Migrating a CRA monorepo to Vite

Migrating a CRA monorepo to Vite

Hello developers! Look at your monorepo. Now back to ours. Now back at yours. Now back to ours. Sadly, your monorepo is a lot slower than ours, but if you stopped using CRA / Webpack, it could be as fast as ours!

Now, that sounds a lot like the hit Old Spice commercial, doesn’t it? You’re 100% right, it does. Jokes aside, the first paragraph is kind of how we felt when we started using Vite instead of Webpack.

What is Vite?

If you’re like me, that means you don’t usually get too excited when you see a new JS compiler, framework or a library. Probably because there are so many of them that it’s impossible to keep track of the newest one. If you don’t believe me, try your luck at https://npmdrinkinggame.party. If you manage to enter a name that doesn’t exist in the NPM registry, I’ll buy you a beer. 🍻

Vite is a build tool that simplifies the build process and frontend development in general. I was pleasantly surprised when I started learning more about it. It was quite easy to get started with and learn about key concepts, configurations and levels of customisation it provides. It’s well maintained and there are a lot of community plugins available. It has hella stars on GitHub (the most important thing, obviously) and even has support for SSR. Also, the documentation is pretty good. Not perfect, but pretty good.

Do you even monorepo, bro?

This is when things get a bit tricky, though. I’ll try and simplify the project structure we’ve had with CRA, which was pretty easy to set up a year or two ago. So even though it’s not technically a monorepo, we’ve set up an app with multiple entry points.

Suppose we have 3 apps called blog, portfolio and webshop. Each of those apps is a separate folder with its own App.tsx file. The current folder structure looks something like this:

Folder structure

The next step was to figure out how to individually start one of the apps without importing all of the entry points in index.tsx . We achieved this by using environment variables which requires small changes to the package.json file.


By setting the REACT_APP_BUILD_TARGET environment variable, we are now able to make use of the dynamic import syntax. Since the import function returns a promise we’re going to use the .then() method to access the result. It would have been great to use the async/await syntax instead, but unfortunately top-level await is still unsupported.


This approach worked and we’ve been using it for almost 2 years now. This is where Vite comes in. Although it should have been fairly easy to replace CRA with Vite, and for the most part it was, there were a couple of hiccups with dynamic imports that we weren’t able to solve in the same way as we did with CRA. Using the import nor the import.meta.glob functions did not work as expected. The 2 most common problems were that Vite couldn’t parse the template strings (when using the import function) and that the whole codebase was imported regardless of whether it was actually used or not (when using the import.meta.glob function). That was a bit weird, to say the least, but we kept trying different approaches and unfortunately none of them worked.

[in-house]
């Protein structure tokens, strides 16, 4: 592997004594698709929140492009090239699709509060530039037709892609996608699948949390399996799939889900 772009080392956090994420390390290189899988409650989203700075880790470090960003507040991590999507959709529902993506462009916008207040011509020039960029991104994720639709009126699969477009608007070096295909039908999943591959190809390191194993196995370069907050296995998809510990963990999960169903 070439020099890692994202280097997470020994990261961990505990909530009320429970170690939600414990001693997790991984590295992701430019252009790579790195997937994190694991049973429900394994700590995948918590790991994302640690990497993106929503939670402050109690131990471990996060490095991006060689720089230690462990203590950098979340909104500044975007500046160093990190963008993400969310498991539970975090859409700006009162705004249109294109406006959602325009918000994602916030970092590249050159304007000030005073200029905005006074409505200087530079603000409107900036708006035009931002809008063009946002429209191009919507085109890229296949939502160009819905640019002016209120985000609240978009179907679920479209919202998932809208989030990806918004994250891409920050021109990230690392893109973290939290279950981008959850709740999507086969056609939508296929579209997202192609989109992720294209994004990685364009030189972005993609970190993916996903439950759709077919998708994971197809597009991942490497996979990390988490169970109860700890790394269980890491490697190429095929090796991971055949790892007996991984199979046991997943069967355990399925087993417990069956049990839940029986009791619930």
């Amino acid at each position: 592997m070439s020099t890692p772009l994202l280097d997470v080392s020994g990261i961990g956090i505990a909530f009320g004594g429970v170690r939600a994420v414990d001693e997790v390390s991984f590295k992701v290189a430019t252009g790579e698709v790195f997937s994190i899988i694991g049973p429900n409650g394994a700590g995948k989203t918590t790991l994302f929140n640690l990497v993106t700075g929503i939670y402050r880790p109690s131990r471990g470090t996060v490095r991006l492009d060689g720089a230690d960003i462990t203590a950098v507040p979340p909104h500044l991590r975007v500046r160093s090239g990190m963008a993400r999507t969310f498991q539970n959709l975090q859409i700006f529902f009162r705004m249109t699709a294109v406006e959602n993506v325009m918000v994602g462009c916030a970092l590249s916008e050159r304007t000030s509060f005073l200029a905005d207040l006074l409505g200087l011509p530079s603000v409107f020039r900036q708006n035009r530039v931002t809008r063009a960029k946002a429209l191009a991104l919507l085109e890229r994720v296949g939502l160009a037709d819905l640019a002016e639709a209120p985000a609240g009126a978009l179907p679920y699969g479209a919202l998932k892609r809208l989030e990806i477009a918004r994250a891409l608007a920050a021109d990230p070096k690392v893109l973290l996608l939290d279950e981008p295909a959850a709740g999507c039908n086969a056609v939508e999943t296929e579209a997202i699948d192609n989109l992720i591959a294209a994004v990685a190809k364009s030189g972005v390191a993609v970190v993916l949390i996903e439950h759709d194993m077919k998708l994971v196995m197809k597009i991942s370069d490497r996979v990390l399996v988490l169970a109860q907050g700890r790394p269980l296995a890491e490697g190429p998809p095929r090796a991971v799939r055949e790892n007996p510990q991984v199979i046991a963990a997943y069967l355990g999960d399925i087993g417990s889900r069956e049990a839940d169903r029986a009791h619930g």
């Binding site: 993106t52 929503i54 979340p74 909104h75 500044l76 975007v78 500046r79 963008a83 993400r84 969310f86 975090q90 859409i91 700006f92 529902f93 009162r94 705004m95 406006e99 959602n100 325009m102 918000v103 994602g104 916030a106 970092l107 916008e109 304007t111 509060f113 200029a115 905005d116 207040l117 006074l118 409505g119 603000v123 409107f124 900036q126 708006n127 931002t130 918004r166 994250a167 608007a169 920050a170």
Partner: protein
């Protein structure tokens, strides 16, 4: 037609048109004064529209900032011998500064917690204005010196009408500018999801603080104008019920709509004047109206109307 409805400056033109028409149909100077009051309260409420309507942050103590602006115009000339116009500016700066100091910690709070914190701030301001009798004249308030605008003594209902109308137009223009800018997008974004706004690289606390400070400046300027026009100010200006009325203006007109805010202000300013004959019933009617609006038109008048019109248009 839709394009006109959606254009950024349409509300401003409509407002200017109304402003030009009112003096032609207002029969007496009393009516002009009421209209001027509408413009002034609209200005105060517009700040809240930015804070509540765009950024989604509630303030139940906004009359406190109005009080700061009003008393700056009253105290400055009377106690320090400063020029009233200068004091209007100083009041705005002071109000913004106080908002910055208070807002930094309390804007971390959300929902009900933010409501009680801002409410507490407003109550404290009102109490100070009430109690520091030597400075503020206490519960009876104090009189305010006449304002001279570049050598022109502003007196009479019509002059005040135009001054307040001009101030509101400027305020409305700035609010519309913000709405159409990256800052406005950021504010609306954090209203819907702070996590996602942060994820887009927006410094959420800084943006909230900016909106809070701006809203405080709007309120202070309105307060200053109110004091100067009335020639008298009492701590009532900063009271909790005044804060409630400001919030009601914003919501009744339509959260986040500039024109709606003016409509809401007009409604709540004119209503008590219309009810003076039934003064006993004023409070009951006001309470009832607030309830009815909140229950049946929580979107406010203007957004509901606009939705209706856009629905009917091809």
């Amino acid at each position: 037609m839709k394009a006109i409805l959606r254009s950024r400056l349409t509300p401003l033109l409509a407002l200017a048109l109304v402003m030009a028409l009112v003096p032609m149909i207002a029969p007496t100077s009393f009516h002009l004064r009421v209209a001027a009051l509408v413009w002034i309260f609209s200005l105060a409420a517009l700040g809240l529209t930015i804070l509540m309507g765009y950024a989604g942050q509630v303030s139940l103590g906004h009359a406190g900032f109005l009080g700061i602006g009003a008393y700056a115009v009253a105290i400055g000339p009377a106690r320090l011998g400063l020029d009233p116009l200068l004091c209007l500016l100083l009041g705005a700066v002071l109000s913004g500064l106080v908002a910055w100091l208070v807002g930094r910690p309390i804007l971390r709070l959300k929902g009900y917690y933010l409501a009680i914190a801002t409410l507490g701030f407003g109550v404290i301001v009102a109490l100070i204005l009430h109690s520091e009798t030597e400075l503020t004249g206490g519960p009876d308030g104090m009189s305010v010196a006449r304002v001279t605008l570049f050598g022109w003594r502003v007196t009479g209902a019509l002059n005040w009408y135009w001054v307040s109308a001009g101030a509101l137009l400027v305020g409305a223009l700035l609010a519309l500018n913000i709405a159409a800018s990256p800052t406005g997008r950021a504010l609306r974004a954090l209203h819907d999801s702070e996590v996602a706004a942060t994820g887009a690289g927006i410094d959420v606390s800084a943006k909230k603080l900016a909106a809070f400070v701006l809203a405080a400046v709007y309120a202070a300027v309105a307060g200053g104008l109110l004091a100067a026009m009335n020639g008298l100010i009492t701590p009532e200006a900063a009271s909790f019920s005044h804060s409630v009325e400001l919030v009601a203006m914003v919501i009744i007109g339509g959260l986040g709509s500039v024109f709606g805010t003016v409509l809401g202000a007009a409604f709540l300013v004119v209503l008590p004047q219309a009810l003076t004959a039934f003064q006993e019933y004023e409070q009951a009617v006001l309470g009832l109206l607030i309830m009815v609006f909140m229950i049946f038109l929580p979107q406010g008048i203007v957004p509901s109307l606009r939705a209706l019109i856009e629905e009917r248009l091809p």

Possible solutions

Luckily, we had some ideas that should work without dynamically importing modules. The first one was to create a small Vite plugin that would dynamically generate the index.tsx file in which the import path for the root App component would depend on the current VITE_BUILD_TARGET (former REACT_APP_BUILD_TARGET -> check out Vite’s env setup for better understanding).


This worked great until we tried to start multiple apps at once. That would cause an issue because each time a new app was started, the index.tsx file would be updated with the new import path for the App component, which would always point to the app that was most recently started. That was obviously not what we wanted to achieve so we had to give the second idea a try.

This idea relies mostly on the index.html file. Let me explain. So, remember how you could interpolate environment variables in index.html with CRA and their little hidden Webpack magic? Turns out that’s pretty simple to do with Vite as well. There are a couple of community plugins available for this but we decided to build our own since it was really simple:


All that was needed was to find all occurrences between 2 % signs and replace them with the values from the environment config. This provided us with a “dynamic” index.html file. Since the index.html file has to contain a script tag that loads the index.tsx file, we realised we could use that to our advantage:

The /src/%VITE_BUILD_TARGET%/App.tsx expression might look a bit weird but it enables us to start multiple apps at once.
For example, when starting the blog app the src attribute would be transformed to /src/blog/App.tsx.

Vite or bust?

All in all, we really like Vite. Mainly because it made the development and CI/CD processes a lot faster and easier to manage. Whether you’re debating to migrate your CRA project(s) to Vite, start a new project with Vite or something else, Vite has probably got you covered. 10/10 would recommend.

I realise this looks like a sponsored blog post but it really isn’t. That’s exactly what someone who’s writing a sponsored blog post would say, right?

Filip Polić

Filip Polić

Software Engineer

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